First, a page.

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What's Ahead Legislatively For Florida's Prison, Juvenile Justice Systems?

Florida Channel
Florida Department of Corrections Secretary Julie Jones (left) and Florida Department of Juvenile Justice Secretary Christy Daly (right) speaking during a Senate committee hearing last month.

What’s ahead legislatively for Florida prison and juvenile justice systems?

Florida Department of Corrections

Florida Department of Corrections Secretary Julie Jones says at the Governor’s request, she put together a number of goals that will drive her budget for the next two years. It includes inmate and officer safety, and reducing recidivism.

About 40 million will go toward facility repair and renovations as well as address aging agency transport vehicles. A similar amount is aimed at staffing prisons: pay raises for correctional and probation officers.

“This is not an across the board pay raise. And, it was difficult for me to justify, given the current budget situation. So, we made a very targeted, data-driven request, and it’s solely focused on recruiting new employees and retaining existing employees.”

Jones says there are some employees who will be left out, like administrators and accountants. But, for now, she’s focused on raising the minimum salaries of corrections and probation officers.

“If you’re a correctional officer that makes more than the new base, you don’t get a raise this year—unless you qualify for the Governor’s performance bonus plan. But, this encourages existing employees to promote part 2 of the recruitment and retention plan is $1,000 hiring bonus at facilities that are over 10 percent vacant. And, there’s a requirement that if you leave before a two year commitment is up, that you pay it back.”

Anyone working in prison mental health units will receive a 10-percent increase. Jones is also proposing the creation of an 11th mental health facilityto help these inmates successfully re-enter society.

“One of our biggest liability right now in the prison system is mental health and the increase in our severely mentally ill inmates.”

Florida Department of Juvenile Justice

Meanwhile, Florida Department of Juvenile Justice Secretary Christy Daly says while her agency has made a lot of strides, there’s still some work to do.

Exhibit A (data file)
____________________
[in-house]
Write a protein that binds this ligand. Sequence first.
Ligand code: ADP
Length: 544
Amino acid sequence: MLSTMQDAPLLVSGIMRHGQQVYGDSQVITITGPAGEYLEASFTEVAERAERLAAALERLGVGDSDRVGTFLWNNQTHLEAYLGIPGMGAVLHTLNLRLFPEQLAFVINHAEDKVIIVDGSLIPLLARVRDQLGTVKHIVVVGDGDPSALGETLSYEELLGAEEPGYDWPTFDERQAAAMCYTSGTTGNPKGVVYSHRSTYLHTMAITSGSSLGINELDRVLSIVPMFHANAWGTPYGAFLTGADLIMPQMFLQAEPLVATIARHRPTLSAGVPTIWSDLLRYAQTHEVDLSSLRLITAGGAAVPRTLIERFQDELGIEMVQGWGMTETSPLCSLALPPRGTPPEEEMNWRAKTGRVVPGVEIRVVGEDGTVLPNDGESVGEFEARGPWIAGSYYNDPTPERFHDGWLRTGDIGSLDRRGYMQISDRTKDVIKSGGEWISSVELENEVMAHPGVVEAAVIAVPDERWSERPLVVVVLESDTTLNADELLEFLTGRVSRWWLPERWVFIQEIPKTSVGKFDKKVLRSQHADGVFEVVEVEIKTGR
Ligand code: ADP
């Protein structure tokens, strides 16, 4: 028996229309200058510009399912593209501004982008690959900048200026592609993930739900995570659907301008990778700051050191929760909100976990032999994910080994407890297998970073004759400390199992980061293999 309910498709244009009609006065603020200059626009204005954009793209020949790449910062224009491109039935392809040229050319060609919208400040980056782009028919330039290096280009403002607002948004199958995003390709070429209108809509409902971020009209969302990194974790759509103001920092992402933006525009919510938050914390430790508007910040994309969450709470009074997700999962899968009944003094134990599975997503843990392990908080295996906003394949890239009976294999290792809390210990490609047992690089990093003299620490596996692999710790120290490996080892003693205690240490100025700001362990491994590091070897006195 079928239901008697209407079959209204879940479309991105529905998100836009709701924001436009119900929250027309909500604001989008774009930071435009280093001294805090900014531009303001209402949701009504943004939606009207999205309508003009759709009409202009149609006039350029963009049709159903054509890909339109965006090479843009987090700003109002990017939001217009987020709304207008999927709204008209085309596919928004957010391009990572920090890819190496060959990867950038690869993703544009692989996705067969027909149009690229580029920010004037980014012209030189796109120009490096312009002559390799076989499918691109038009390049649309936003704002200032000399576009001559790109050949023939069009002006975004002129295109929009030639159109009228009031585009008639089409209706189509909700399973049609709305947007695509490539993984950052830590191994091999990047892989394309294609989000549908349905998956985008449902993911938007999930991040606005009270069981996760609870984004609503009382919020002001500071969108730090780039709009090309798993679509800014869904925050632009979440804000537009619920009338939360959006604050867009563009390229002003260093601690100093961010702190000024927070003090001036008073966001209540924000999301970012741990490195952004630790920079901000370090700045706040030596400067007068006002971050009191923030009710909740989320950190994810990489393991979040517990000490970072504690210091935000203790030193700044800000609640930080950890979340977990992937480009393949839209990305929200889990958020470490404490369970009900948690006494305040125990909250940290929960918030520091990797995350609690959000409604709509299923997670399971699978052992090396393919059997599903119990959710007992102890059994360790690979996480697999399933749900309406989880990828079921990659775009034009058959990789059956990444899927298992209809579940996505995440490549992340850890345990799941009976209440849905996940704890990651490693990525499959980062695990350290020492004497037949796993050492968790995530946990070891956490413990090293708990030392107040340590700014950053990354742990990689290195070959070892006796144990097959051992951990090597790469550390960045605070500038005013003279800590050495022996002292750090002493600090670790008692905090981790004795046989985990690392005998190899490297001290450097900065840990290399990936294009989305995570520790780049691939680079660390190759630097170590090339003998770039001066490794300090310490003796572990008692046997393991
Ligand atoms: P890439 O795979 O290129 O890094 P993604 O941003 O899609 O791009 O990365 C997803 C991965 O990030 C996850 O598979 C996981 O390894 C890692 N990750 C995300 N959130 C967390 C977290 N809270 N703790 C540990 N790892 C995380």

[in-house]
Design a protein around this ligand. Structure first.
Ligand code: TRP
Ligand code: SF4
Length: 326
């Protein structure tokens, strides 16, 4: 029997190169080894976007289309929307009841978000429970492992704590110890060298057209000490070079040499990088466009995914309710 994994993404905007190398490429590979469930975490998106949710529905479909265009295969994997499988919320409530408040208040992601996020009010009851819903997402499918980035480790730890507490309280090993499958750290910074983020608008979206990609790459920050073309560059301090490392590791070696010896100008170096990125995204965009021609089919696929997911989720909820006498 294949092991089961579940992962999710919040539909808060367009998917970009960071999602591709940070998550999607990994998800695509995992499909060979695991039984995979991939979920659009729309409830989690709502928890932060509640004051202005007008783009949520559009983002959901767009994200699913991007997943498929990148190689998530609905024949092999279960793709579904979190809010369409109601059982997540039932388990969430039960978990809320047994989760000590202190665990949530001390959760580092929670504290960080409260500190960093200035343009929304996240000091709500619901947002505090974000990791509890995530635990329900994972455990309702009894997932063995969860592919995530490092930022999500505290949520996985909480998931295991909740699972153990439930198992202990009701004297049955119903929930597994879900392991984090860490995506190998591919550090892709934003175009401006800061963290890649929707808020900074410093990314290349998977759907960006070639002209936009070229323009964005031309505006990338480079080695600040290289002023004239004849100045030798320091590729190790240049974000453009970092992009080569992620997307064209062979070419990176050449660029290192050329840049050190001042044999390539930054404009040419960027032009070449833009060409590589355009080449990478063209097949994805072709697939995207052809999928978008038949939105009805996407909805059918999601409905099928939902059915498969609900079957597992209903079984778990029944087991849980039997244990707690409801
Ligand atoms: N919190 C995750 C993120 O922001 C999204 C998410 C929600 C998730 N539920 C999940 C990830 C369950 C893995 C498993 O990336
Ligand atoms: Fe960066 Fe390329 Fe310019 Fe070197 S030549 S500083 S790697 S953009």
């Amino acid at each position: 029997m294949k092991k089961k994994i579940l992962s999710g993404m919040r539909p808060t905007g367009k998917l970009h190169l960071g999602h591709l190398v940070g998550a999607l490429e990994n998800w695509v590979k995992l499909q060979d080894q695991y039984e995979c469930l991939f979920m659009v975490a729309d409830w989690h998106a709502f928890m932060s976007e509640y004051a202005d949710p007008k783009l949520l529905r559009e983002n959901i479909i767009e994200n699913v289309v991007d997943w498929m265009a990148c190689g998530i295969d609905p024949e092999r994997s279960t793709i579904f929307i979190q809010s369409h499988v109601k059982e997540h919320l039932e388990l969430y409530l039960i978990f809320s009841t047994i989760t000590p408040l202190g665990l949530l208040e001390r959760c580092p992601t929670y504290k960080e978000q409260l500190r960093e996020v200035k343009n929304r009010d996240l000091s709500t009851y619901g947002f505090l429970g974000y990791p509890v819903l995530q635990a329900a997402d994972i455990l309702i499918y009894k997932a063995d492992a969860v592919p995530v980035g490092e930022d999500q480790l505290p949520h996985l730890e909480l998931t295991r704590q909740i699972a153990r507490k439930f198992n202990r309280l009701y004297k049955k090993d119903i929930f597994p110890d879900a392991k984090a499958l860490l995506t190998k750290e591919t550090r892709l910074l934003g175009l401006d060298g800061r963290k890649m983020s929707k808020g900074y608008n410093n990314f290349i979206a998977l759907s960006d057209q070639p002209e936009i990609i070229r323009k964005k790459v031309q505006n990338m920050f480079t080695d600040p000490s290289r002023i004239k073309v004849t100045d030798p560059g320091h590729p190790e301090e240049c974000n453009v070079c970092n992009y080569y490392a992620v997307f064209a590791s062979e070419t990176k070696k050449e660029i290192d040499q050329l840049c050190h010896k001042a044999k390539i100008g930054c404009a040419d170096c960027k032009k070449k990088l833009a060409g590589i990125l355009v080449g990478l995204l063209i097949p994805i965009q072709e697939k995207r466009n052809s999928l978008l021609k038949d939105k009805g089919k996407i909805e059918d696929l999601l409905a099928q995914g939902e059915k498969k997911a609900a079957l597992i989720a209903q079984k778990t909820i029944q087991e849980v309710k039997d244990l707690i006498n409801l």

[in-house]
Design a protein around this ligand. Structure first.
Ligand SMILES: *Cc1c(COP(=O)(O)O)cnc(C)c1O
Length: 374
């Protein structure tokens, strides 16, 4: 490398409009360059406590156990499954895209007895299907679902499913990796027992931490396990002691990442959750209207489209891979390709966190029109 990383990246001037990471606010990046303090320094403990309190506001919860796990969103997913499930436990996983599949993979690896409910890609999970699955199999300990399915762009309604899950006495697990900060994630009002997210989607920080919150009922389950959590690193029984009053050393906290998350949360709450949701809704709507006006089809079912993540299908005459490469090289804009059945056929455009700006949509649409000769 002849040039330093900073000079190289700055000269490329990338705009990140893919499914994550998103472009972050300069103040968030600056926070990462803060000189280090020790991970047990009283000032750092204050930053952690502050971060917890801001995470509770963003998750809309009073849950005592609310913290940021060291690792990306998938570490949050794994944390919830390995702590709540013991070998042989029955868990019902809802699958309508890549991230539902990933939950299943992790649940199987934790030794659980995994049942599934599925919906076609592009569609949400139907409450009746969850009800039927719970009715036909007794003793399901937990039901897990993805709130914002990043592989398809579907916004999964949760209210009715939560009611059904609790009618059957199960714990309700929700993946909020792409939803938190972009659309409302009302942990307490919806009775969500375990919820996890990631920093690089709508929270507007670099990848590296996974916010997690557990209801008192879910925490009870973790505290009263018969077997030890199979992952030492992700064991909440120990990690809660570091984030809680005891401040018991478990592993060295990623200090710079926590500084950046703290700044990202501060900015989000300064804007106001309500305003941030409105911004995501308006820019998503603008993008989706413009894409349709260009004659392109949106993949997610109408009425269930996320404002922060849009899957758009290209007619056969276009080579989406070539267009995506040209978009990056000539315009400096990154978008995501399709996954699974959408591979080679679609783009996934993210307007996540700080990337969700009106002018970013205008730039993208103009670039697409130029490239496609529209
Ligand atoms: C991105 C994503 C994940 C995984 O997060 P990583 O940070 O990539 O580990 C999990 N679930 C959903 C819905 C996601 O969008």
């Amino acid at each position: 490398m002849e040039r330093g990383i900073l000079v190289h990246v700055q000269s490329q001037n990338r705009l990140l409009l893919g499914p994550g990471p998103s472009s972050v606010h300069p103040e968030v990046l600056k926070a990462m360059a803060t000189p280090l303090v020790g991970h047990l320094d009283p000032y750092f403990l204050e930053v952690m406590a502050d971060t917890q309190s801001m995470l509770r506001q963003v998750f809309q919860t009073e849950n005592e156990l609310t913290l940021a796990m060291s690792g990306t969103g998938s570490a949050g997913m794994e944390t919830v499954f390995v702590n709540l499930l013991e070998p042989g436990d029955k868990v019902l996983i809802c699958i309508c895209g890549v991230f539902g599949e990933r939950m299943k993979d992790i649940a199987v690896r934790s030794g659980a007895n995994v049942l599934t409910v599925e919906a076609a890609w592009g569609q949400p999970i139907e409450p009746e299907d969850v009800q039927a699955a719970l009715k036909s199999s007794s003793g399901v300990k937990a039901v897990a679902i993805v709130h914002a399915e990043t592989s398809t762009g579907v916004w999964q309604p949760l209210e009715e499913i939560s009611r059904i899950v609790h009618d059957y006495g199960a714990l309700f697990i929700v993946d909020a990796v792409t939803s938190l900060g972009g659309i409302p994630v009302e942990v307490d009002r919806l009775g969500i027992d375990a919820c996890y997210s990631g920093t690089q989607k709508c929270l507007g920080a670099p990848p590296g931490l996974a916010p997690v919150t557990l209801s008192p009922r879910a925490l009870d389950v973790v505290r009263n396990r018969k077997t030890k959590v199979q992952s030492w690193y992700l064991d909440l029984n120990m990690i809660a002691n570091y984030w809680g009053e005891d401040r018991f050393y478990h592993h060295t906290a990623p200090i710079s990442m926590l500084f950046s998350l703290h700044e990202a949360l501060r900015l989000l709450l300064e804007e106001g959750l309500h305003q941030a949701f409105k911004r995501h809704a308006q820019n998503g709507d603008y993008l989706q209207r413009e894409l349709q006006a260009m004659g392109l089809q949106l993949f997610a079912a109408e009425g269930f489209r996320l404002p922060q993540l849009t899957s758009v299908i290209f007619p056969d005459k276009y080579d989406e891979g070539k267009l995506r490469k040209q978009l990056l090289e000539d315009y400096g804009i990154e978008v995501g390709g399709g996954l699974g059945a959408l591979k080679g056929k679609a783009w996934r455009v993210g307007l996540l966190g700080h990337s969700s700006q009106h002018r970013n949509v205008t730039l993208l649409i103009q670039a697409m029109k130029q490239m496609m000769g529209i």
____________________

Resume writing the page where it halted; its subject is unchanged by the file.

“In order to meet the need of our youth placed in residential commitment, address youth behaviors timely, and provide better outcome, the Governor’s recommended budget includes $5.2 million in funding for additional residential capacity of 60 treatment beds and $5.3 million to provide evidence-based residential services.”

It also includes money for facility repair, funds to enhance an assessment tool, early intervention programs, and expanding workforce education programs to 500 youth. Daly says those have been a great success so far.

“For fiscal year, 2015-2016, 60 percent of eligible DJJ youth who participated in workforce programs obtained a job, entered the military, or returned to school.”

There’s also a special focus to decriminalize adolescence—a goal of Senate President Joe Negron. So, his second-in-command—Sen. Anitere Flores (R-Miami)—filed a bill to expand the use of juvenile civil citations. It requires an officer to issue the citation if it’s the juvenile’s first time committing a specific lower-level crime.

“There are 3 seven-year-olds somewhere in the state of Florida that committed one of these misdemeanors and were put into the criminal justice system, at seven-years-old. That is wrong! And, we have an opportunity to get it right.”

Flores’ bill has so far passed its first committee. Meanwhile, a House bill has not yet been filed.

For more news updates, follow Sascha Cordner on Twitter: @SaschaCordner.

Sascha Cordner has more than ten years of public radio experience. It includes working at NPR member station WUFT-FM in Gainesville for several years. She's worked in both radio and TV, serving in various capacities as a reporter, producer and anchor. She's also a graduate of the University of Florida with a bachelor's degree in telecommunications. She is the recipient of 15 awards from the Associated Press, Society of Professional Journalists (SPJ), and Edward R. Murrow. Her award-winning stories include her coverage on the infamous “Dozier School for Boys” and a feature titled "Male Breast Cancer: Lost in the Sea of Pink." Currently, Sascha serves as the host and producer of local and state news content for the afternoon news program "All Things Considered" at WFSU. Sascha primarily covers criminal justice and social services issues. When she's not reporting, Sascha likes catching up on her favorite TV shows, singing and reading. Follow Sascha Cordner on Twitter:@SaschaCordner.